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Maddog5150
06-01-2011, 9:22 AM
I posted this a little but ago
http://www.calguns.net/calgunforum/showthread.php?t=432250

Long story short, this guy that my parents only knew via first name tries to sell me a truck. I give my cash to my parents since I live in SD now instead of Riverside. He talks them into fronting the cash for the truck while he takes it in to check it out from a mechanic. The supposed actual owner is this guys friend.
about 7 weeks later still no truck, cant get a hold of the guy, he wont answer his phone. My parents didnt get a reciept, just a verbal contract. Is this going to get laughed at when my pops goes to the police to file a report?
Any advice is greatly appreciated. I am really pissed off about this but I am NOT going to do an immature thing and try to hunt him down myself. I have too much to lose than just two grand but still, two grand is a lot of money for me.
Thank you in advance.

Roddd
06-01-2011, 9:45 AM
You have a case...but I'm not sure what would come of it. Your best course of action is to handle it as a civil matter and go to small claims court. Unfortunately, this was an expensive lesson to learn.

bombadillo
06-01-2011, 9:46 AM
Wow, sucks you had to learn your lesson this way and I wish you the best. You definitely have a case of theft.

Maddog5150
06-01-2011, 9:49 AM
sad part is. If I were the one doing the deal, I would of laughed and walked off. The lesson learned was not to trust my too trusting parents :(

Roddd
06-01-2011, 9:53 AM
Just be cynical in the future I do hope you can straighten this out. Do you have the plate or VIN off the truck? That could help LE in tracking the guy down if you file a grand theft case. Good luck, $2,000 is a lotta cash.

Maddog5150
06-01-2011, 9:55 AM
No I dont. My parents didnt even see the truck. They were supposed to check it out for me. Send me pics then wait for my go ahead to buy it. The truck never existed from what I can tell. There was also never a pink slip in my name so I cant call grand theft auto.
My dad keeps reminding me that he wrote down all the serial numbers of the bills. Like thats going to effing do anything.

lorax3
06-01-2011, 9:55 AM
The hardest part in a civil trial is going to prove that this deal actually went down. Your biggest hope is that the guy has a 2K deposit into his bank account.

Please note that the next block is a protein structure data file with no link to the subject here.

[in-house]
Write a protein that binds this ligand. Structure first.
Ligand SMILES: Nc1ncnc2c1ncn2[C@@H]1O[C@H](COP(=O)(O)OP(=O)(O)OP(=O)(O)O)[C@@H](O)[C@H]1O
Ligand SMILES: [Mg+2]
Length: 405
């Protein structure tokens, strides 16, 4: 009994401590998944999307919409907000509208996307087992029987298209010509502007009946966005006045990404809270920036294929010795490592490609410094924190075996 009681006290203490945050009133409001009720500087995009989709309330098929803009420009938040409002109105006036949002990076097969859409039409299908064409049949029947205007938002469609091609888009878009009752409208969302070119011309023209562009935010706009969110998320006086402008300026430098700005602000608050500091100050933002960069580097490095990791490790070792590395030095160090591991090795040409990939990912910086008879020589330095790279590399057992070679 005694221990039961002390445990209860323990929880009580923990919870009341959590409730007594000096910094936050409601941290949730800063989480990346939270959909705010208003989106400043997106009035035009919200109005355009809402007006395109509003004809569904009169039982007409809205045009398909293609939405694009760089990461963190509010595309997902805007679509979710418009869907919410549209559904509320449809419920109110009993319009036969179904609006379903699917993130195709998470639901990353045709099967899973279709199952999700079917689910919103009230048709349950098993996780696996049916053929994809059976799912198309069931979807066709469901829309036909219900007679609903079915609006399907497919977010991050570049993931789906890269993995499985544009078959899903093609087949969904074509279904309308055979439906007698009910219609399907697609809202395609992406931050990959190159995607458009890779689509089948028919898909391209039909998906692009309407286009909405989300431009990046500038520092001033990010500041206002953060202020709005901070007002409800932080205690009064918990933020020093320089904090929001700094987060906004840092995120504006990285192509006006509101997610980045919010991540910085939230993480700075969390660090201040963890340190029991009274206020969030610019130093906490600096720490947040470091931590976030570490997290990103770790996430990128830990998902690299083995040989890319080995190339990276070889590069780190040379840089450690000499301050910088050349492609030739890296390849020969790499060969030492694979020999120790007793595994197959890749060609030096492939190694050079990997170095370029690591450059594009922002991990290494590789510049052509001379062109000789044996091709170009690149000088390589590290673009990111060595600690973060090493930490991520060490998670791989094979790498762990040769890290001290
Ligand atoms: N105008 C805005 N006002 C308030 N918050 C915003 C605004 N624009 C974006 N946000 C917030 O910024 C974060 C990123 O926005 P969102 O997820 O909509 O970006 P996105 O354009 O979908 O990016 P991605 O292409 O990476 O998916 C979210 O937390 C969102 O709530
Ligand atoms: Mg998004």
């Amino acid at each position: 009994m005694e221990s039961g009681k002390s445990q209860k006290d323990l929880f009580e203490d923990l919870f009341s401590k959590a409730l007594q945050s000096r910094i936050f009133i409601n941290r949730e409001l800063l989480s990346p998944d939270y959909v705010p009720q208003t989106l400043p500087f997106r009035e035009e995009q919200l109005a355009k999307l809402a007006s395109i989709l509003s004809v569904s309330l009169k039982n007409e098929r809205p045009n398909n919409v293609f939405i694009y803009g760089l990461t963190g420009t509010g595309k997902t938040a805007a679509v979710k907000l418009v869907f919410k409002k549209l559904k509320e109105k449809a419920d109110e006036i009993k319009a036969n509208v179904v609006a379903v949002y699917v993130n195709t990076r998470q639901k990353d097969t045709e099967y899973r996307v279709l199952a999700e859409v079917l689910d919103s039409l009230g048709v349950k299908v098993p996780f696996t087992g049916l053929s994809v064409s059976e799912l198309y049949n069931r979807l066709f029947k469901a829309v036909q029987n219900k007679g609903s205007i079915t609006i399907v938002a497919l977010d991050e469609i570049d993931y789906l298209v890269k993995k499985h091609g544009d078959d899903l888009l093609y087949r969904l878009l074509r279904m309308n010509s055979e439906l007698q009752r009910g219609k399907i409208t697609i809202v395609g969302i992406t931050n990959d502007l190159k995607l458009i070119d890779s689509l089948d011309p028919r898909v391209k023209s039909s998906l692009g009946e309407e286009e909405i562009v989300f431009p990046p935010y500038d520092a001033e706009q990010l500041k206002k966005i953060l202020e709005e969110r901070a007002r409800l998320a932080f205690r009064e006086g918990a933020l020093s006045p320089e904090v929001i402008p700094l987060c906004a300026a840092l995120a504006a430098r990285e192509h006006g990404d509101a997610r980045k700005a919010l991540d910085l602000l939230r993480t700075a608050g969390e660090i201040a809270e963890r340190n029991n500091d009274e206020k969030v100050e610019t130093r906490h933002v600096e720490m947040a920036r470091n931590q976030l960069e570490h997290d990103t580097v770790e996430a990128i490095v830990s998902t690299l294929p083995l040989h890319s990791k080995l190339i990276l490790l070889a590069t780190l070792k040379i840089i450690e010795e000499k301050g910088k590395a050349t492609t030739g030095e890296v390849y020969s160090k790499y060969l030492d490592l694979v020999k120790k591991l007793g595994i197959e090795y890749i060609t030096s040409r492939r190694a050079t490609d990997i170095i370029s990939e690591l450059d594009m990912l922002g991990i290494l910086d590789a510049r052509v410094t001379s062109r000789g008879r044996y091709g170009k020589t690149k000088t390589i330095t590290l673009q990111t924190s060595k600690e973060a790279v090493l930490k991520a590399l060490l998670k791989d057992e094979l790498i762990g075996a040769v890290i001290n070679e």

Good Luck!

Maddog5150
06-01-2011, 9:56 AM
We do have voicemails from his claiming the "truck will be ready soon" Will that help?

Maddog5150
06-01-2011, 9:57 AM
Also, will a police officer call him? just wondering if that might scare him to give me my money back.

khuck2002
06-01-2011, 10:02 AM
its grand theft even though it is not a vehicle grand theft can also be anything over $950

Roddd
06-01-2011, 10:02 AM
Grand theft auto doesn't apply here. I'm talking about 487 PC grand theft. You had $2,000 stolen from you. And to boot, your parents' honesty was taken advantage of. They wouldn't have ripped somebody off and assumed that the other party wouldn't have either.

And yes, voicemails will help. Contact LE in the jurisdiction it occurred in. They can look the number up in Arjis and see if any other hits come up. They may already have a case on the dirtbag.

lorax3
06-01-2011, 10:05 AM
We do have voicemails from his claiming the "truck will be ready soon" Will that help?

Of course. Civil Courts want to ensure they have enough evidence to determine which party is telling the truth based on the preponderance of evidence.

This is why in contract law a concept exists known as the "Statue of Frauds" which states that contracts for goods of $500 or more, or service contracts not capable of being preformed within 1 year must be in writing to be enforceable.

That being said, it does not mean you will be unsuccessful in a civil claim.
Voice messages, bank statements, personal testimony, etc are all evidence that will help the courts make judgment.

Disclaimer: I am not your attorney, but I'm sure one in your area would be willing to assist you.

Maddog5150
06-01-2011, 11:41 AM
would it be advised to try to leave a voicemail for him telling him I'm going to the police?

lorax3
06-01-2011, 12:21 PM
would it be advised to try to leave a voicemail for him telling him I'm going to the police?